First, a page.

While novels such as Charlotte Perkins Gilman’s ‘The Yellow Wallpaper’, Kate Chopin’s ‘The Awakening’, Margaret Atwood’s ‘Surfacing’ are essential entries in the feminist literary canon, Stephen King’s Carrie does not belong in this company. The crucial difference is that almost all novels that explore femininity and women’s identity are written by women authors themselves. Keeping with the trend, Stephen King’s attempted portrayal of a woman’s innermost thoughts is quite inadequate. Carrie is a book not so much about women, but rather men’s perceptions of women. Not surprisingly, coming from a male author, the book is full of gender and racial stereotyping of women. The depiction of black women in the book exemplifies this tendency. It will not be an exaggeration to state that Carrie is a poorly conceived fairy tale of a woman’s revenge, whose violence returned to older oral versions that gave women more power. Through Carrie, Stephen King gives vent to some of the common apprehensions that men have about women’s physiology, including that of menstrual periods.
Carrie fails as a feminist novel on account of the author’s inability to comprehend and master an unfamiliar and intimately female nature of the subject matter. Strangely enough, the author and his created character (Carrie) seem to be in exactly the same unfamiliar territory for the first time, that of the female sexuality and body. With all its apparent flaws, Carrie was a bold statement on femininity, in that it was published in 1974, when menstrual taboos and religious origins of misogyny were not openly discussed. In the novel, the female protagonist Carrie is shown to be a victim of her mother, who has been deeply indoctrinated with Judeo-Christian notions of misogyny. Carrie’s mother demonizes her own daughter’s body and inculcates in Carrie’s formative psyche a sense of sin and evil associated with her body, as the following exchange from the book succinctly illustrates:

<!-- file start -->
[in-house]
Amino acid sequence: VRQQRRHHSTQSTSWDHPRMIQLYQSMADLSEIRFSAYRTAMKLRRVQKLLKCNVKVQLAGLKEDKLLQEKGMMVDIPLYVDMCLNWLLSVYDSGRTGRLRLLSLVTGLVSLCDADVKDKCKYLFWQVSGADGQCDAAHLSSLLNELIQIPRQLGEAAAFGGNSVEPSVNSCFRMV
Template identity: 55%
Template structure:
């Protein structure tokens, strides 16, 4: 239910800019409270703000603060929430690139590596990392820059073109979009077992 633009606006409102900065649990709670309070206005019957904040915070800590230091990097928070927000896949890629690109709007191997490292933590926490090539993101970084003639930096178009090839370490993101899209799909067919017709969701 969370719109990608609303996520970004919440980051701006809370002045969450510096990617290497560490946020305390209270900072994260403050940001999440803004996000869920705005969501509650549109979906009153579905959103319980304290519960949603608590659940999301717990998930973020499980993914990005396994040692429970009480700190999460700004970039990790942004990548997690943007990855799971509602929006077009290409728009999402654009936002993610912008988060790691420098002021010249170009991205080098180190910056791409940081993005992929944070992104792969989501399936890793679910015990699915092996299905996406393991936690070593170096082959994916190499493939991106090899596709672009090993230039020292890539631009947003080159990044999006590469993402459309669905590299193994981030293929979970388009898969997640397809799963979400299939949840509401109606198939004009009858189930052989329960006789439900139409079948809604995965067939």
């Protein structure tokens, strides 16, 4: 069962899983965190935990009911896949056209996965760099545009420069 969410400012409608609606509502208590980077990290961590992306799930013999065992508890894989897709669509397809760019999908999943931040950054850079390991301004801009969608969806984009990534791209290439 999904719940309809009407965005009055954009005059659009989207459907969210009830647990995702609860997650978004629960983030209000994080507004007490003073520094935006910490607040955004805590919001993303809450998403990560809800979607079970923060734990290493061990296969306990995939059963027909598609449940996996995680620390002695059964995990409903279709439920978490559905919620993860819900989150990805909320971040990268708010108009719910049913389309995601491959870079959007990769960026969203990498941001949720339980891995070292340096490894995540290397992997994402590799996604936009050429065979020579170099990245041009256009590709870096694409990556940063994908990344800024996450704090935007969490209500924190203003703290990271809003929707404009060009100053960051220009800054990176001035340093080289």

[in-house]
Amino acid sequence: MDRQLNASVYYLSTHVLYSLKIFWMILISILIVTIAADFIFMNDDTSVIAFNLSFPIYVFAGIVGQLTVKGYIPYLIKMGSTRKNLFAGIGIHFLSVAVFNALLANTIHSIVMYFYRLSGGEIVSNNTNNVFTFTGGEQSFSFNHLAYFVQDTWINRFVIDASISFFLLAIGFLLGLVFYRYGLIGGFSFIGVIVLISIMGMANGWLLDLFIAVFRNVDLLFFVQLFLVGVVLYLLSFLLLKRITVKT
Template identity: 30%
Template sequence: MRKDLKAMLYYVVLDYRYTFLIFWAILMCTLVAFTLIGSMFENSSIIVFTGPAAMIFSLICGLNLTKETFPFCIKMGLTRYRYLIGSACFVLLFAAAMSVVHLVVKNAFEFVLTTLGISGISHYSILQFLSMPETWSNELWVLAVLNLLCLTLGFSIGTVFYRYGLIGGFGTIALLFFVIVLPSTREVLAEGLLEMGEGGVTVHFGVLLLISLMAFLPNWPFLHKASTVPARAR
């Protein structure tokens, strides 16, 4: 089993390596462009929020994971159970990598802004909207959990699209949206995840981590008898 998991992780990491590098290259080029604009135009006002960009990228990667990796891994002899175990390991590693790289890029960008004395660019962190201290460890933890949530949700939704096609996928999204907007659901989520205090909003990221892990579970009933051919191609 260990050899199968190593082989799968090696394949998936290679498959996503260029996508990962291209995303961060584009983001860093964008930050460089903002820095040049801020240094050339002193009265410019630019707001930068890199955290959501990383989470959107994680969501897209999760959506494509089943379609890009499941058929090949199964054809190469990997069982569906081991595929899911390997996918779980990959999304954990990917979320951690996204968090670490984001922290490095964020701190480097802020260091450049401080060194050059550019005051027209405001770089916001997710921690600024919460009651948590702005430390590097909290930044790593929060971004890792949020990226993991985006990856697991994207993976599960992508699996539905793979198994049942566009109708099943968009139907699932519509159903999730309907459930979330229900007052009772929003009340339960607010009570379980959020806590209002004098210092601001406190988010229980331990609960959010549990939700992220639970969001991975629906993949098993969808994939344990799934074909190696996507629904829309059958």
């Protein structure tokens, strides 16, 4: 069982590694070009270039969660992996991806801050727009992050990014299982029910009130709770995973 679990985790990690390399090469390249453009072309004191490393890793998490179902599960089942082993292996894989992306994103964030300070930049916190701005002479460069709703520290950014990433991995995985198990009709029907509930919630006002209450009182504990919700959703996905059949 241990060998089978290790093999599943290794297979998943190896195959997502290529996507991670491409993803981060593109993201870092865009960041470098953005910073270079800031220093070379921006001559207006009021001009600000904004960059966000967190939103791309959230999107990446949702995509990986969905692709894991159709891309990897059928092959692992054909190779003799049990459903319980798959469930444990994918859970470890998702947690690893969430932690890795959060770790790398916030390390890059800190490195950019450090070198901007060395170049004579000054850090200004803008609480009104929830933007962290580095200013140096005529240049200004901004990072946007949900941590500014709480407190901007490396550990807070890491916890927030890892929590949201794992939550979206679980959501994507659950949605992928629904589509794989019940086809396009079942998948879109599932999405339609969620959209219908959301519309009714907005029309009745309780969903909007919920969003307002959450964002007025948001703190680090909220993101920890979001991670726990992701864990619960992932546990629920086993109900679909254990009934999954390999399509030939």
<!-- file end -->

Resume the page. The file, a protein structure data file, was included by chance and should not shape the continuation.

“And God made Eve from the rib of Adam,” Momma said … [thumping] Carrie with the side of her foot and Carrie screamed. “Get up, woman. Let’s … pray to Jesus for our woman-weak, wicked … souls.
“And Eve was weak and—say it, woman. Say it!”
“No. Momma, please help me—”
The foot swung. Carrie screamed.
“And Eve was weak and loosed the raven on the world,” Momma continued, “and the raven was called Sin and the first Sin was Intercourse. And the Lord visited Eve with a Curse . . . of Blood . . . and Eve found that her belly had grown big with child.” (p.54)